Natural Sightings #588 - California Scrubs Jays on a Doe.jpg

The two Scrub Jays harvest some of the deer's undercoat hair to line their nest.

Toshimi Kristof took this photo in her yard in Bear Valley Springs of two California Scrubs Jays that had landed on a California Mule Deer doe.

The two Scrub Jays (Aphelocoma californica) were apparently a mated pair who were harvesting some of the deer's undercoat hair to line their nest. Deer naturally shed their undercoat during the warmer weather of spring and summer, so it's likely the doe didn't even feel much of a tug as the Scrub Jays helped themselves to some of her loose hair.

California Scrub Jays typically build stick nests fairly low in oaks or other trees, from about 6 to 15 feet off the ground. The adult jays tend to line their nests with plant fibers and animal hair to make the interior cozy for their clutch of three to five chicks.

The male will bring food to the female, but observers have only noted females incubating the eggs. Like their larger corvid relatives, the ravens, California Scrub Jays generally pair bond year-round and maintain a territory together.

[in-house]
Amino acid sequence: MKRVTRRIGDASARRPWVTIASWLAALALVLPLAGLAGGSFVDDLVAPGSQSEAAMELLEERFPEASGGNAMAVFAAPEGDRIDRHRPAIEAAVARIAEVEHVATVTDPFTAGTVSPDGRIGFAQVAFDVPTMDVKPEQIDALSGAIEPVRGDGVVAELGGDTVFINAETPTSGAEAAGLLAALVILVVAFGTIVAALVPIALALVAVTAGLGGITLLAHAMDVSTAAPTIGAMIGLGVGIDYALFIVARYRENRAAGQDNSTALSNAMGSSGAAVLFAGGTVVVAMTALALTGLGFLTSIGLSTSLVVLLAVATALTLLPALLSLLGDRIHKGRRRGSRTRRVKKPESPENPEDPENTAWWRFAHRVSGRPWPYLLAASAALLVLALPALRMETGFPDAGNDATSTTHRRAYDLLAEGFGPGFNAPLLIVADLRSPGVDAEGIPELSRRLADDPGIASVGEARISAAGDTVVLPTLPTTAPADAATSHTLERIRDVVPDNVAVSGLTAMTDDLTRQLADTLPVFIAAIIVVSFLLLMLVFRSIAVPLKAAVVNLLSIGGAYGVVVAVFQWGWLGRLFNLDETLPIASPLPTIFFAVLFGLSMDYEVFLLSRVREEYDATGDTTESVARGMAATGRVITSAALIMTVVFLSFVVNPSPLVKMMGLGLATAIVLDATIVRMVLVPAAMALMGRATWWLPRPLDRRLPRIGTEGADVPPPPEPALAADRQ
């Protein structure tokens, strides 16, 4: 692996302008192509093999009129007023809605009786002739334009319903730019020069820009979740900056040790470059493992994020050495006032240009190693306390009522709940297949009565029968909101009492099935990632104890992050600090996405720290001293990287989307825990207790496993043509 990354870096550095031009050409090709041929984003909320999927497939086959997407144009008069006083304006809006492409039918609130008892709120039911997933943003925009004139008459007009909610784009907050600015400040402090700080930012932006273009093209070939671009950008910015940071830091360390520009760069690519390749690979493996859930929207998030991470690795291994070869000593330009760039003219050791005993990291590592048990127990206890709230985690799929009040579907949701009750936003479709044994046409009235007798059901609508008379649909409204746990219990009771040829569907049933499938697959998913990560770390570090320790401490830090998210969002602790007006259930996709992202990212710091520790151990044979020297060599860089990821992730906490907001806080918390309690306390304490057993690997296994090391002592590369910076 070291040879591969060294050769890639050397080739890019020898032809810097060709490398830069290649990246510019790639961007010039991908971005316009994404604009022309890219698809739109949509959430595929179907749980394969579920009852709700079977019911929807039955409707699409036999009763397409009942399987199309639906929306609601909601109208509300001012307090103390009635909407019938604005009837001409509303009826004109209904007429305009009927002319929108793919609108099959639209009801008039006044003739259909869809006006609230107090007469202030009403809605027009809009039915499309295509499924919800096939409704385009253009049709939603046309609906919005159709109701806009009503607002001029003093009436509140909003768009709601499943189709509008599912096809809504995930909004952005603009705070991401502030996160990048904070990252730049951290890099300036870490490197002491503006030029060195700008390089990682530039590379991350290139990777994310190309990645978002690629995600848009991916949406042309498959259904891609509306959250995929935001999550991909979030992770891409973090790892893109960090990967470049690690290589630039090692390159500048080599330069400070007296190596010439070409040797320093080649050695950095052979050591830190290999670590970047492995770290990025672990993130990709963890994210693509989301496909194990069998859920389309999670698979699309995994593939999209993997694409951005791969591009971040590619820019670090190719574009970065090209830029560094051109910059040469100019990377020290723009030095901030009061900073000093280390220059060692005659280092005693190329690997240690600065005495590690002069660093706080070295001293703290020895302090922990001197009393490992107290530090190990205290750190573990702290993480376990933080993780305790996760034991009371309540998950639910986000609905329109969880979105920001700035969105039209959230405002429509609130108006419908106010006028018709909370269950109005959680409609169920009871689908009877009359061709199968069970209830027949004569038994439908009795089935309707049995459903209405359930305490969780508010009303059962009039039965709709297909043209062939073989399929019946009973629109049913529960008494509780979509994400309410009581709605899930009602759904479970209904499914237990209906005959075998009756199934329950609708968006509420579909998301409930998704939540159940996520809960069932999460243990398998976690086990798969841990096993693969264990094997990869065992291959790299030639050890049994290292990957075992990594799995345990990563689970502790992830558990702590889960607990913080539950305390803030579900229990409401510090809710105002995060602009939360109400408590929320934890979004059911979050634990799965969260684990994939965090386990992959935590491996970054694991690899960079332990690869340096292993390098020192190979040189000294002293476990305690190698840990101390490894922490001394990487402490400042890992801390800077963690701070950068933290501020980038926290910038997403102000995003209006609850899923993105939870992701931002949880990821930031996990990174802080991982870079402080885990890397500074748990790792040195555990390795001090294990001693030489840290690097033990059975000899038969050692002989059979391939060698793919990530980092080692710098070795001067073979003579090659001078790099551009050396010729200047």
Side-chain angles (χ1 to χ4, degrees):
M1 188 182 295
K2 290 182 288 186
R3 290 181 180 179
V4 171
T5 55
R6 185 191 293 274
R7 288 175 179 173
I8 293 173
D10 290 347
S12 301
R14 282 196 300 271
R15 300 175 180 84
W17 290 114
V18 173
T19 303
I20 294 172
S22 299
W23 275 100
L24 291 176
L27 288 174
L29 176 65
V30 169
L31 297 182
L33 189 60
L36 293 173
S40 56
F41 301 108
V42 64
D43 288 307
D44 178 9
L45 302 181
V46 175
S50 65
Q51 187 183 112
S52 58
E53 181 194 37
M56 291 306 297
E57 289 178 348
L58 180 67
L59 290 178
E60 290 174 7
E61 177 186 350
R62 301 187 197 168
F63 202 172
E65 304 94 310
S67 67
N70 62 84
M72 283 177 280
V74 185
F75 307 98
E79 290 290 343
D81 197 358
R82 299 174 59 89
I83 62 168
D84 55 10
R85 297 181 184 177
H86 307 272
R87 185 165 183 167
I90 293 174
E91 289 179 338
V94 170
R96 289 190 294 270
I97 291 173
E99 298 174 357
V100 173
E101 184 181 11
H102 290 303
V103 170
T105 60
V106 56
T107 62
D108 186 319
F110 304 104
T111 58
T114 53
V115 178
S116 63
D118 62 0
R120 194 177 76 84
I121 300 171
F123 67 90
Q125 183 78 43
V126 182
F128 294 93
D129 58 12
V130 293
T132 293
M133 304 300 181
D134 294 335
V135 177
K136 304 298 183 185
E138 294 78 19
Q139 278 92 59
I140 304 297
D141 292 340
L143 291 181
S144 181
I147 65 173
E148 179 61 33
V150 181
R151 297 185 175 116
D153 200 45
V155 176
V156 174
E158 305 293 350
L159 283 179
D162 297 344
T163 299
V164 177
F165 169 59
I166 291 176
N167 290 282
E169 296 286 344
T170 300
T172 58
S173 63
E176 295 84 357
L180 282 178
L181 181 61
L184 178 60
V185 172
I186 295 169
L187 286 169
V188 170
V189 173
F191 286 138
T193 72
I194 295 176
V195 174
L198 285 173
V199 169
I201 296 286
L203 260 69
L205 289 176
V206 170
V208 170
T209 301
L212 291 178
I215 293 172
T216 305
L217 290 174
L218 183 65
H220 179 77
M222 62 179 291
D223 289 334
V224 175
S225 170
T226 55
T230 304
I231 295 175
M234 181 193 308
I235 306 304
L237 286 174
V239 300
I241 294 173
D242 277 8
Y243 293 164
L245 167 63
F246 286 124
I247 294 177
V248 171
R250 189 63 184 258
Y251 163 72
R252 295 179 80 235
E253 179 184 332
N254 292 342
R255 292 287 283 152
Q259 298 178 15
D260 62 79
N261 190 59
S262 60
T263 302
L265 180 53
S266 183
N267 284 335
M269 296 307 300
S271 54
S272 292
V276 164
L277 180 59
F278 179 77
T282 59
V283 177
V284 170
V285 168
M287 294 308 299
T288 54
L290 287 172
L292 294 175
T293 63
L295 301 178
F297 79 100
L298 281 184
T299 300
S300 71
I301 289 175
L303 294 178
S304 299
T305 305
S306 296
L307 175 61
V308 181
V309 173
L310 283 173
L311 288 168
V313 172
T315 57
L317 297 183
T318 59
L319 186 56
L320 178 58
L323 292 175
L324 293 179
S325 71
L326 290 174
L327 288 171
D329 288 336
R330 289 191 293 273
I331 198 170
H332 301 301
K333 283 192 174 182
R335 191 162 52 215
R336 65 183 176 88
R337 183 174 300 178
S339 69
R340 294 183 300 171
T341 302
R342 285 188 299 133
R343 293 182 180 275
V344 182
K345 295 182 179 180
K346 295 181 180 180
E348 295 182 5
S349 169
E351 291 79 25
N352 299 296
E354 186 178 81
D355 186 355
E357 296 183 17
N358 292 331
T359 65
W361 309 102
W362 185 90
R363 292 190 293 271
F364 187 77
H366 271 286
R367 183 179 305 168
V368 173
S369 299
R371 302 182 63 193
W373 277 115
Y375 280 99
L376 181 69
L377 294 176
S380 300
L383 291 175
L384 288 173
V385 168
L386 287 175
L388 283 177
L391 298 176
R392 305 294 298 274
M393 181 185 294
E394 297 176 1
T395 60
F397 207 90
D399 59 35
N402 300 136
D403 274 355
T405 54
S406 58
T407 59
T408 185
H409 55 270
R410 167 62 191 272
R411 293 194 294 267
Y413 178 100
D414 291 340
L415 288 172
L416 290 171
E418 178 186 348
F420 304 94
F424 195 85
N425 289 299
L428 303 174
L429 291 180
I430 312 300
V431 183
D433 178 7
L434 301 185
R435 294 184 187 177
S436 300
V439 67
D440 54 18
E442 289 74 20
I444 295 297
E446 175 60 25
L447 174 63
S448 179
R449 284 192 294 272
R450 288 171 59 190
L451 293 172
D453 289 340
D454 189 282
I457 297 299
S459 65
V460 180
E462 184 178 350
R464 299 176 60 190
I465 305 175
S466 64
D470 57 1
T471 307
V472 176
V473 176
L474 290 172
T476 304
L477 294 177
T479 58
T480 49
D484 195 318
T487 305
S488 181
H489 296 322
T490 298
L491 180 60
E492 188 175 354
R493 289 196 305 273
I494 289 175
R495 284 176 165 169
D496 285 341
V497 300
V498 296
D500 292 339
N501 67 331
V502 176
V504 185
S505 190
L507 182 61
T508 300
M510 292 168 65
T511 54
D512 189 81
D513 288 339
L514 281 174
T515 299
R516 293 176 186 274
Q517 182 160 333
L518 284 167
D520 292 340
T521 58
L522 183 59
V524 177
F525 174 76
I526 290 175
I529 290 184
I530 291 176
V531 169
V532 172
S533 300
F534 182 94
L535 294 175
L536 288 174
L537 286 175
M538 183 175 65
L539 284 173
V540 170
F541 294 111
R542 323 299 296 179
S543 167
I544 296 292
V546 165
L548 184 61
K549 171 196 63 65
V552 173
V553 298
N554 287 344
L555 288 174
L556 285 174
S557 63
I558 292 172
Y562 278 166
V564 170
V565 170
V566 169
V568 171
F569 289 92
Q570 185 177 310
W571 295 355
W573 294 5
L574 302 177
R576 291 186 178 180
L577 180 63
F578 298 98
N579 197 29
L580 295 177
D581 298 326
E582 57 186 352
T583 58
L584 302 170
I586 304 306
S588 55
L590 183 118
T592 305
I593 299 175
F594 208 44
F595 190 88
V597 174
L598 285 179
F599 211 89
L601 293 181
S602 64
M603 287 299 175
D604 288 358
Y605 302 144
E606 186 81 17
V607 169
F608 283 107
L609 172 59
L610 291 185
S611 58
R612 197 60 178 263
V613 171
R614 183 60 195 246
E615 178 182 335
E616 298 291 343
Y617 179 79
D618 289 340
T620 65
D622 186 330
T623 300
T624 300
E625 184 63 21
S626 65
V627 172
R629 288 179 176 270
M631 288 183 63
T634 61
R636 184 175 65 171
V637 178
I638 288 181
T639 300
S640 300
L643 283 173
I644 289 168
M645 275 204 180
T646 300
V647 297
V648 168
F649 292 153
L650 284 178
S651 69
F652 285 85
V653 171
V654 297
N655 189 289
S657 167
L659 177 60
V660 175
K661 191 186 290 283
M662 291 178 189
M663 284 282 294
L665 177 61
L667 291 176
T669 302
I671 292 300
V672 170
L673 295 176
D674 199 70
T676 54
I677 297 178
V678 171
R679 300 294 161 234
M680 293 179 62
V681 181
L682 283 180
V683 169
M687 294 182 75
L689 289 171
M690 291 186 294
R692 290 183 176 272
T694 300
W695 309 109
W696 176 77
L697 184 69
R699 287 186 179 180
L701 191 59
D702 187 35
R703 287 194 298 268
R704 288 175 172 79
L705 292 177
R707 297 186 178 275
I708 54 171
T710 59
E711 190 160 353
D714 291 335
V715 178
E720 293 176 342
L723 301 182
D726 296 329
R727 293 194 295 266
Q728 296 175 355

June is the month that California Mule Deer (Odocoileus hemionus californicus) does tend to give birth to their fawns. Without calling any attention to herself, a doe will separate from her small herd, a group of generally six to 12, or sometimes even more deer.

The expectant mother slips away by herself and gives birth in a secluded area where she can leave her fawn hidden in tall grass. The fawn will remain alone and hidden by itself for most of its first two weeks. The does only return to nurse once or twice a day, minimizing the chances of her revealing the fawn's presence.

NATURAL SIGHTINGS is a regular feature of the Tehachapi News edited by Jon Hammond which showcases photos of the natural beauty that enhances the quality of life in Tehachapi. If you have a good quality image of plants, animals, insects, trees, birds, weather phenomena, etc., taken in the Tehachapi area, you may submit it to the Tehachapi News for possible publication. Submissions can be dropped by the News office in the form of a print or CD, or sent by email to:

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